A flavour of the reasoning can be gleaned from one of the most cited passages of the work in which Smith criticises the approach of what he called a ‘man of system’. Today this term might be used to characterise someone with a proclivity for central planning or with fixed ideas about how things should be done. Since the TMS receives little coverage in modern economics courses, it is, I think, worth quoting the passage in full.
“The man of system is nothing like that. He is apt to be sure of his own wisdom, and is often so in love with the supposed beauty of his own ideal plan of government that he can’t allow the slightest deviation from any part of it. He goes on to establish it completely and in detail, paying no attention to the great interests or the strong prejudices that may oppose it. He seems to imagine that he can arrange the members of a great society as easily as a hand arranges the pieces on a chess-board! He forgets that the chessmen’s only source of motion is what the hand impresses on them, whereas in the great chess-board of human society every single piece has its own private source of motion, quite different from anything that the legislature might choose to impress on it. If those two sources coincide and act in the same direction, the game of human society will go on easily and harmoniously, and is likely to be happy and successful. If they are opposite or different, the game will go on miserably and the society will be in the highest degree of disorder all the time.”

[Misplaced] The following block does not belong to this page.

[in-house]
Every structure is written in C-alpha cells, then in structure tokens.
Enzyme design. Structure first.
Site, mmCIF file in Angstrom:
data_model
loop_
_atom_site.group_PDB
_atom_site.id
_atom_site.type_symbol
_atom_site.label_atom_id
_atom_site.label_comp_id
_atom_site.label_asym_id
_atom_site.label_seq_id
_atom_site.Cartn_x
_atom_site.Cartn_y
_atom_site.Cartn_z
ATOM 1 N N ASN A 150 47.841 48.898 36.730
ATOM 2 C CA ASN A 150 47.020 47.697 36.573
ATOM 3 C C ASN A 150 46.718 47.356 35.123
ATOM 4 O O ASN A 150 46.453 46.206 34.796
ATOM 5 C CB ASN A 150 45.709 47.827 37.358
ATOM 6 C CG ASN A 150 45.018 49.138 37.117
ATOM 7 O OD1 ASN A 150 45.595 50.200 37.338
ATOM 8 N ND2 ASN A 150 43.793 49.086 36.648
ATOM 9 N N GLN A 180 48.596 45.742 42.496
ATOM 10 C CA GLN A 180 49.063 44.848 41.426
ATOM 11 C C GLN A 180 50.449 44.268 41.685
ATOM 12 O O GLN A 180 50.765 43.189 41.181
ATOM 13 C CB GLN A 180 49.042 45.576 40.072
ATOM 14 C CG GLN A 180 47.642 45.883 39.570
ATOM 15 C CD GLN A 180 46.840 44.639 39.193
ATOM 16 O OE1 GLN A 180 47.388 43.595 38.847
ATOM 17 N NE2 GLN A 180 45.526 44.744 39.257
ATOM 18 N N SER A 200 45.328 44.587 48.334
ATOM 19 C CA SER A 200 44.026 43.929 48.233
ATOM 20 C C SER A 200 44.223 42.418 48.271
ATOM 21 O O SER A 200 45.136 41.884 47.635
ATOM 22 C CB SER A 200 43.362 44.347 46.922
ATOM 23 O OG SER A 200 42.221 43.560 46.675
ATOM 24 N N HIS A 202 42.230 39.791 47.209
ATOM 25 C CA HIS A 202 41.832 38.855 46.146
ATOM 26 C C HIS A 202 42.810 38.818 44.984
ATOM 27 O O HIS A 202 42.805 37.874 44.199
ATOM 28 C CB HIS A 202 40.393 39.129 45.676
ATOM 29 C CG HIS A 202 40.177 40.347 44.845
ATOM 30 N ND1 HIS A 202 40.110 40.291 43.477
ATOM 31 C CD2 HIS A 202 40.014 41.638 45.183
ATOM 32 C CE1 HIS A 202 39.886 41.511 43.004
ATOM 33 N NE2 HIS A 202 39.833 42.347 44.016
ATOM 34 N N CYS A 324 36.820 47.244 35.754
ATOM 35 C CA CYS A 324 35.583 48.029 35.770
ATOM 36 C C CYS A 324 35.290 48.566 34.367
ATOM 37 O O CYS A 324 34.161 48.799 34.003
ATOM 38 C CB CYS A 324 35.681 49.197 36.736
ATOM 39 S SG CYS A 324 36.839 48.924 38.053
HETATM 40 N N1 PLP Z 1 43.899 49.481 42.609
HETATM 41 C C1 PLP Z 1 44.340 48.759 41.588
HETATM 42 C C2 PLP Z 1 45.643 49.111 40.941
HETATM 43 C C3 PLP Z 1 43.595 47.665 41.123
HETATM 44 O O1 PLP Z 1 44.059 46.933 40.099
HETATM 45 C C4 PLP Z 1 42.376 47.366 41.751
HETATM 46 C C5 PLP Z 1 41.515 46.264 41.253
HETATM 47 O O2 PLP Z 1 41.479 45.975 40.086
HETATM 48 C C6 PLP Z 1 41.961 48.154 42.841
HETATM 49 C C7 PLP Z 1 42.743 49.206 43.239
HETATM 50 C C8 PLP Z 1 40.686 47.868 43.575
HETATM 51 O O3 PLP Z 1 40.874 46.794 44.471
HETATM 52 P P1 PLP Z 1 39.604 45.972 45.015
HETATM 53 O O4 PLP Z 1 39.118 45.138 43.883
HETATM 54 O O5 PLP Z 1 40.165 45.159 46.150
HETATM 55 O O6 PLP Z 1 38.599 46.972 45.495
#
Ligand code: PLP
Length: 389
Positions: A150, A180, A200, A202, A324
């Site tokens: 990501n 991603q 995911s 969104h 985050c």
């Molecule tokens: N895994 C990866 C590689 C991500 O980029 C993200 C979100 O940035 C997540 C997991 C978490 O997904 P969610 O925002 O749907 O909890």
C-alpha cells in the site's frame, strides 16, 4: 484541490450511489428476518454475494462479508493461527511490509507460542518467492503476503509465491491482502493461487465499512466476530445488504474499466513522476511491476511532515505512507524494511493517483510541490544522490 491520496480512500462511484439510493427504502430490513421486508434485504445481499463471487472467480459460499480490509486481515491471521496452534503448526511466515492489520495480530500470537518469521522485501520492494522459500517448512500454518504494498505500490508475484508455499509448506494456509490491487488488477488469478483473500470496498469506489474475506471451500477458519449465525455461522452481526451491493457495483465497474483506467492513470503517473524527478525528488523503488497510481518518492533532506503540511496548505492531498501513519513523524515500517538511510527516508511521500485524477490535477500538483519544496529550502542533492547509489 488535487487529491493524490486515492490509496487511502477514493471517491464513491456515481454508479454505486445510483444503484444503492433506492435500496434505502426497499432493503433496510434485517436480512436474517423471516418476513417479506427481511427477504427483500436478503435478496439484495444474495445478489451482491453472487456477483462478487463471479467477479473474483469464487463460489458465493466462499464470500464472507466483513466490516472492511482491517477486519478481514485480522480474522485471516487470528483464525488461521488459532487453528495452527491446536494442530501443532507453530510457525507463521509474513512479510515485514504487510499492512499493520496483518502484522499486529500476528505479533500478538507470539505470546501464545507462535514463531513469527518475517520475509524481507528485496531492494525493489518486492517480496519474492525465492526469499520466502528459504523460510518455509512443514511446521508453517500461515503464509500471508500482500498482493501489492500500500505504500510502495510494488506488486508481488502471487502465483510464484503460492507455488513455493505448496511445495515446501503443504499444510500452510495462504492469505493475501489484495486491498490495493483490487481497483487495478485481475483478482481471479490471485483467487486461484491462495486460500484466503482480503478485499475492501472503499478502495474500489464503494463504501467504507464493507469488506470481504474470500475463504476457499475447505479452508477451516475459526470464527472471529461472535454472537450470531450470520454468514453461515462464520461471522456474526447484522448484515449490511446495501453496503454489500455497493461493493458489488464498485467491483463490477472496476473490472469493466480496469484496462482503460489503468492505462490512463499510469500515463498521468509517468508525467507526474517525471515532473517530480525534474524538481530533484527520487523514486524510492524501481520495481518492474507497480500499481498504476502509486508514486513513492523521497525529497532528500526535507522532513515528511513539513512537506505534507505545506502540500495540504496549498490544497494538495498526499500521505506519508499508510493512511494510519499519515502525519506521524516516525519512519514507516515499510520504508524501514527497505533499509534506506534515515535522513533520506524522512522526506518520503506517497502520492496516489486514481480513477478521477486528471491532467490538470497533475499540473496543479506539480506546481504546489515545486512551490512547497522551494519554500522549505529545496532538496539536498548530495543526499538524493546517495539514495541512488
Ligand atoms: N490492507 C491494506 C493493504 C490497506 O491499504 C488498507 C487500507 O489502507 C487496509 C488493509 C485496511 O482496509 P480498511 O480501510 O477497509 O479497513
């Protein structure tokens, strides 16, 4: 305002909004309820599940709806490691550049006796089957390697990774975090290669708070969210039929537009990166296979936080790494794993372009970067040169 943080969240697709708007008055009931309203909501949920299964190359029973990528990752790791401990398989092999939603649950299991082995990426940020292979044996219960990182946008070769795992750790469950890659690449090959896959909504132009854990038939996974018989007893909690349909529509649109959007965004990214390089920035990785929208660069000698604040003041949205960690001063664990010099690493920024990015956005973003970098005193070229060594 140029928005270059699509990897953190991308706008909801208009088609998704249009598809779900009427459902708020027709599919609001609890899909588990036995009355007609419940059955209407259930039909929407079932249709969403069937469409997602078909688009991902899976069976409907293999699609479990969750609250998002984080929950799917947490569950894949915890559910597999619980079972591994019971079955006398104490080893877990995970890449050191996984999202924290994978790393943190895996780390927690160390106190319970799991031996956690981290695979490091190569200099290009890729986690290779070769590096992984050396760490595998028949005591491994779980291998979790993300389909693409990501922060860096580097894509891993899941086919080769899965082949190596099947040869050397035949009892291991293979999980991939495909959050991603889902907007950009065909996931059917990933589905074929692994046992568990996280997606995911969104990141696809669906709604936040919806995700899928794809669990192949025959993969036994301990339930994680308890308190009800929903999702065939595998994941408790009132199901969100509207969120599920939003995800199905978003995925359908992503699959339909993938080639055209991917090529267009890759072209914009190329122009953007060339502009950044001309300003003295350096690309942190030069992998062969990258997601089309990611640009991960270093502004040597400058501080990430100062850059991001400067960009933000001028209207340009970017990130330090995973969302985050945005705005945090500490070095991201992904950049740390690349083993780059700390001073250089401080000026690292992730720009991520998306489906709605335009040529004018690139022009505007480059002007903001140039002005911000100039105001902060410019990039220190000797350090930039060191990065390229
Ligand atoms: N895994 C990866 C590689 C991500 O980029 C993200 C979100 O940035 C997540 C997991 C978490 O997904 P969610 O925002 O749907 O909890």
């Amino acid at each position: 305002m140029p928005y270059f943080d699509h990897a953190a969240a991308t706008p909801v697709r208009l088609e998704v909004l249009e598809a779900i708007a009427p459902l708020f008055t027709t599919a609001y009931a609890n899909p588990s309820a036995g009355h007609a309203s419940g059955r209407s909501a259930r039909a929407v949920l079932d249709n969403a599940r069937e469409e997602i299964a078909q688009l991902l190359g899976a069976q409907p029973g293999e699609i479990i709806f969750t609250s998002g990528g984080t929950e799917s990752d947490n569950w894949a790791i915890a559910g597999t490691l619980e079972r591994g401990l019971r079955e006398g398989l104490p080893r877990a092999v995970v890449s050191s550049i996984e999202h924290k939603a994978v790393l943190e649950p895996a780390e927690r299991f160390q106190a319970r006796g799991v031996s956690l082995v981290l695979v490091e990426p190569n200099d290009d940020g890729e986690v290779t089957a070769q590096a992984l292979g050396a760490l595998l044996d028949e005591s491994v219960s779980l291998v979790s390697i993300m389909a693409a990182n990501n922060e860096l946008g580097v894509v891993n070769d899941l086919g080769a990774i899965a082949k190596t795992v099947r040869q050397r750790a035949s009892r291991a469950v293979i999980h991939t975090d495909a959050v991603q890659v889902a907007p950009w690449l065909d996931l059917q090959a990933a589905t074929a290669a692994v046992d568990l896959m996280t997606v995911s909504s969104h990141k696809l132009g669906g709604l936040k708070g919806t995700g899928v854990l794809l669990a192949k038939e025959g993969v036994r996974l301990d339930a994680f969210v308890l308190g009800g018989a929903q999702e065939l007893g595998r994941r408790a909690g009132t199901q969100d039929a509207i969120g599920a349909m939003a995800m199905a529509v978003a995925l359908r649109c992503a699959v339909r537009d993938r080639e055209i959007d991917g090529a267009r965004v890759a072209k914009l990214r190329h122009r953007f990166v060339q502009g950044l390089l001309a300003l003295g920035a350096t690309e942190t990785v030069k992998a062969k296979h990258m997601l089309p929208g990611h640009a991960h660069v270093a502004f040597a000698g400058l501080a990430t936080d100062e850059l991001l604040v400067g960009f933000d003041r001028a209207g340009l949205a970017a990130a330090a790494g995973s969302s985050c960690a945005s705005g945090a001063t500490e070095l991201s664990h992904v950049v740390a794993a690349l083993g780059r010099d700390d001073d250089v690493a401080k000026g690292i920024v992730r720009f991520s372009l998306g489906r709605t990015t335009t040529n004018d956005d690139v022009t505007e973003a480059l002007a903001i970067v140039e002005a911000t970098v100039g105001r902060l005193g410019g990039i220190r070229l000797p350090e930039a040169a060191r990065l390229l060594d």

The importance of understanding is here in part highlighted by considering the consequences of its absence. The ‘man of system’ has fixed ideas to which he is attached. He pays no attention to the ‘great interests or strong prejudices’ of those who might be affected by his plans. Other social actors are assumed to be passive (a false assumption), like chess pieces, sitting waiting for the legislature (or, more likely today, the executive branch of government) to move them around. There is no understanding that each member of society (an assumed chess piece) has her/his ‘own private source of motion’. In consequence “the game will go on miserably” and the society will be in the highest degree of disorder all the time”.

It can be noted as a general point that Smith here is not calling for a laissez faire approach to public policy, something that he never did. Rather he is calling for an alignment of policy to the data, as that word might be used in philosophy (‘things known or assumed as facts, making the basis of reasoning or calculation’), where, critically, that data includes the views, beliefs, attitudes, intentions, heuristics and understandings of others who are caught up in the relevant situation (the ‘social facts’) and hence of their own likely conduct in the light of these things. The argument is that such alignment will lead to an outcome in which ‘the game of human society will go on easily and harmoniously, and is likely to be happy and successful’.